Brookfield panel seeks to rezone former fire station site
Change would allow development, with restrictions
In an effort to attract developers, the city is planning a public hearing to rezone the land where the former Fire Station No. 3 sits.
The city-owned property at 1000 S. Moorland Road, privately owned properties at 900 S. Moorland Road, and a vacant lot directly east are currently zoned for office and limited business use, restricting the area to office and small retail development only.
The Plan Commission wants to rezone that area to "B-2" general business and modified suburban overlay, a zoning change that would allow for commercial development on the property.
Aldermen voted to move Fire Station No. 3 in 2007 to the intersection of Greenfield Avenue and Calhoun Road to shorten 911 response times in the city's west side, acquiring four homes and vacant land owned by the state Department of Transportation for its construction.
In a report to the Plan Commission written in December, Dan Ertl, director of community development, said the original hope for the property was the development a mixed use building after the area was rezoned from single-family residential to office and limited business in 2010.
"A two story building with office space on the second floor and retail on the first was viable in the marketplace," Ertl wrote.
However, Ertl said the real estate market is no longer strong enough to support that plan.
"The suburban office market has been in a poor state for some time," Ertl wrote. "New construction of office space, especially speculative space, is non-existent."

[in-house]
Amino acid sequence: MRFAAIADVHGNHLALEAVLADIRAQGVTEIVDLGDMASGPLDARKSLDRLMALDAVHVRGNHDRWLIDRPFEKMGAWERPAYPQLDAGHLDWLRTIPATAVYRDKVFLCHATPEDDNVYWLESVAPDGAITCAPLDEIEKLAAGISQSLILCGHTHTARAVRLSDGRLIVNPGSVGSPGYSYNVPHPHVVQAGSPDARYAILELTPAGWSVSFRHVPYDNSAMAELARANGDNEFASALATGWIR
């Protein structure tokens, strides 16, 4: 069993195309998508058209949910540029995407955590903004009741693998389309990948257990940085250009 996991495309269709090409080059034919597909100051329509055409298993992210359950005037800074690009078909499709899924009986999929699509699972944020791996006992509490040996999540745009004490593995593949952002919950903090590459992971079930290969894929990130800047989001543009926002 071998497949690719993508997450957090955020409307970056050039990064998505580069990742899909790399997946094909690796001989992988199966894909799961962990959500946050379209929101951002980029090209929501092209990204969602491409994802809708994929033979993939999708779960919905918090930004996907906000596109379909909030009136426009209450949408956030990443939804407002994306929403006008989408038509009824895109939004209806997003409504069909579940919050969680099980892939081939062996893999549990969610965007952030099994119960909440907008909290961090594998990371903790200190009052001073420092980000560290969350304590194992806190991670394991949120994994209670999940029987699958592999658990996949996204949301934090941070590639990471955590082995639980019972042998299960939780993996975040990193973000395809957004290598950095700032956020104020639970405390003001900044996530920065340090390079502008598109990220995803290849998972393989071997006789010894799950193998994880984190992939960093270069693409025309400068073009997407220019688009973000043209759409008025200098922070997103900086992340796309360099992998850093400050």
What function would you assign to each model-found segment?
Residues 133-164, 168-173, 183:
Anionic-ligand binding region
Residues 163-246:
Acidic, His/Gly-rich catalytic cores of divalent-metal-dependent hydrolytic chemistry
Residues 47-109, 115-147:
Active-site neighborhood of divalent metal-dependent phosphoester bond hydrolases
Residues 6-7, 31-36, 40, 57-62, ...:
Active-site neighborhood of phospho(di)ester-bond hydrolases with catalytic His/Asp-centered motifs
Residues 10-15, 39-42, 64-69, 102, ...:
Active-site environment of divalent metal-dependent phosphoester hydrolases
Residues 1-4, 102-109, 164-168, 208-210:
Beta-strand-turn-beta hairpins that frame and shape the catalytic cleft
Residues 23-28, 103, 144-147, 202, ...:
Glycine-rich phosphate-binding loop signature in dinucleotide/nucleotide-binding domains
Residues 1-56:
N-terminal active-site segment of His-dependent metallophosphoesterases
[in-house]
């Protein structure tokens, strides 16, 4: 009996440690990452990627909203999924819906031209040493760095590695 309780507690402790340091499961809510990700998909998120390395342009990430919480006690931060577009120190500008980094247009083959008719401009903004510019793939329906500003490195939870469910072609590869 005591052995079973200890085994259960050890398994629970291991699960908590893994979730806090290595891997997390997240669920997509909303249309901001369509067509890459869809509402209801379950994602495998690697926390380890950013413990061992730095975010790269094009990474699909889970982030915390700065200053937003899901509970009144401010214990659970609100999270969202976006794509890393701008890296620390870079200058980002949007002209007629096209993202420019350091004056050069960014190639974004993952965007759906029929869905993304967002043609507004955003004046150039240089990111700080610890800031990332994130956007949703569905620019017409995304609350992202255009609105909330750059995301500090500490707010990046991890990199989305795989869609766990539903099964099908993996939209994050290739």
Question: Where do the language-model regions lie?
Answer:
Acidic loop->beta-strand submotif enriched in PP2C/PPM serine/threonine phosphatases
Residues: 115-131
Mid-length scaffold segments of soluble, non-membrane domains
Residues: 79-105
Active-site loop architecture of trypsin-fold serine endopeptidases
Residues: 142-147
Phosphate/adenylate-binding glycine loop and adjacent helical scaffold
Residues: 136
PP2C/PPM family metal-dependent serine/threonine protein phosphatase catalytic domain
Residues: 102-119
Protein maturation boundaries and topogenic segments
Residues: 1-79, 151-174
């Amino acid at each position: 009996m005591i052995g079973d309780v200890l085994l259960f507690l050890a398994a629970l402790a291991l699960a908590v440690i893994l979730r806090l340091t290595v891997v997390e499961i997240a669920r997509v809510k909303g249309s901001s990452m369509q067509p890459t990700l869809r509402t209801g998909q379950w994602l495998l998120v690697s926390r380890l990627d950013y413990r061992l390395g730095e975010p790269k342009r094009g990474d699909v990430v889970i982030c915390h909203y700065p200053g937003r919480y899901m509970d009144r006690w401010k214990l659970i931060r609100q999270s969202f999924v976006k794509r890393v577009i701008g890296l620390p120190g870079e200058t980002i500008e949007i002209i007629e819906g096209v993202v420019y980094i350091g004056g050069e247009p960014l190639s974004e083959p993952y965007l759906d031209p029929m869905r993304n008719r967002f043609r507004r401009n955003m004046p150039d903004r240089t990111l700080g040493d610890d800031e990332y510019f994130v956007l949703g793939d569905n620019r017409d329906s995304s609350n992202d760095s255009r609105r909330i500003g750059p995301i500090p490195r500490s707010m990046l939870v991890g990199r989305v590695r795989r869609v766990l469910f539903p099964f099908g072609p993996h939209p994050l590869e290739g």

The commission hopes the rezoning will make the 78,000 square-foot block more appealing to a commercial developer.
"The likely use of the block under the proposed rezoning would be a single story retail center with parking located along Moorland Road," Ertl wrote.
To keep that plan on track, the commission would enforce several restrictions on the type of business that could be built on the property. Under the plan, taverns and bars, drive-thru restaurants and free-standing signs would not be allowed at the site.
The restrictions are meant to protect the surrounding neighborhoods from increased traffic, noise, and other impacts of commercial development in the area.
The letter did not indicate if a developer has already approached the city about acquiring the land.
The public hearing was approved at a Common Council meeting in December for a date yet to be announced.
No drive-thru restaurants
No taverns, bars, theaters, dance halls or other places of amusement
No automobile repair shops, service stations, auto sales or storage garages
No free standing signs or billboards without principle building in place
Outdoor dining must face Moorland Road
Minimum lot area is 44,000 square feet
- Brookfield and Elm Grove Police Report: May 26
- In Brief: Brookfield Sport Authority closing along with the rest of the chain
- Brookfield Ask Now: How does the city attack garlic mustard weed?
- Cultural center for women moving to Brookfield
- Brookfield and Elm Grove go all out for Memorial Day
- Milwaukee Tool opts for a more high-tech look in its expansion
- Brookfield and Elm Grove Meetings: March 26
- Brookfield and Elm Grove In Our Schools: May 26
- Brookfield/Elm Grove News IQ: May 26
- Brookfield-area roadwork projects range widely